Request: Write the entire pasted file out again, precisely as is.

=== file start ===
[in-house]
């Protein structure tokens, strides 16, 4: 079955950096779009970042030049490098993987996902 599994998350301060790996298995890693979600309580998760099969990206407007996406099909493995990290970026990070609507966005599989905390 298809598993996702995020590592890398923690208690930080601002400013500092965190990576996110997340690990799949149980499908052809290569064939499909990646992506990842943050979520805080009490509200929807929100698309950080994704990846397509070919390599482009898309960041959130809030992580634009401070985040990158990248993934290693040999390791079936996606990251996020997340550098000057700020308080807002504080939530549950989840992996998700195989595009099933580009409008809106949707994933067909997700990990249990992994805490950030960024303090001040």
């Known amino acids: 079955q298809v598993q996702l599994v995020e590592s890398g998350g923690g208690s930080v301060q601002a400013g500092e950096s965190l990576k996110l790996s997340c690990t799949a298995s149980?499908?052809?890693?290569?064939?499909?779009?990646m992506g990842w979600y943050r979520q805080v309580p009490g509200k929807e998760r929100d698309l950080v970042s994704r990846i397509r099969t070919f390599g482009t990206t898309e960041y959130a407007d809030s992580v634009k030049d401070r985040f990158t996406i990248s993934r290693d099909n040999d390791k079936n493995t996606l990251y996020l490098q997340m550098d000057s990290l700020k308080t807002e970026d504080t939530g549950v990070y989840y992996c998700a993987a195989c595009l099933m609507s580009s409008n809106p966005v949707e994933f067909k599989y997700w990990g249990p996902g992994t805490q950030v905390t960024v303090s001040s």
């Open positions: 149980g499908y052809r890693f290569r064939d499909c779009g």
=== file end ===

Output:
[in-house]
């Protein structure tokens, strides 16, 4: 079955950096779009970042030049490098993987996902 599994998350301060790996298995890693979600309580998760099969990206407007996406099909493995990290970026990070609507966005599989905390 298809598993996702995020590592890398923690208690930080601002400013500092965190990576996110997340690990799949149980499908052809290569064939499909990646992506990842943050979520805080009490509200929807929100698309950080994704990846397509070919390599482009898309960041959130809030992580634009401070985040990158990248993934290693040999390791079936996606990251996020997340550098000057700020308080807002504080939530549950989840992996998700195989595009099933580009409008809106949707994933067909997700990990249990992994805490950030960024303090001040």
């Known amino acids: 079955q298809v598993q996702l599994v995020e590592s890398g998350g923690g208690s930080v301060q601002a400013g500092e950096s965190l990576k996110l790996s997340c690990t799949a298995s149980?499908?052809?890693?290569?064939?499909?779009?990646m992506g990842w979600y943050r979520q805080v309580p009490g509200k929807e998760r929100d698309l950080v970042s994704r990846i397509r099969t070919f390599g482009t990206t898309e960041y959130a407007d809030s992580v634009k030049d401070r985040f990158t996406i990248s993934r290693d099909n040999d390791k079936n493995t996606l990251y996020l490098q997340m550098d000057s990290l700020k308080t807002e970026d504080t939530g549950v990070y989840y992996c998700a993987a195989c595009l099933m609507s580009s409008n809106p966005v949707e994933f067909k599989y997700w990990g249990p996902g992994t805490q950030v905390t960024v303090s001040s």
């Open positions: 149980g499908y052809r890693f290569r064939d499909c779009g």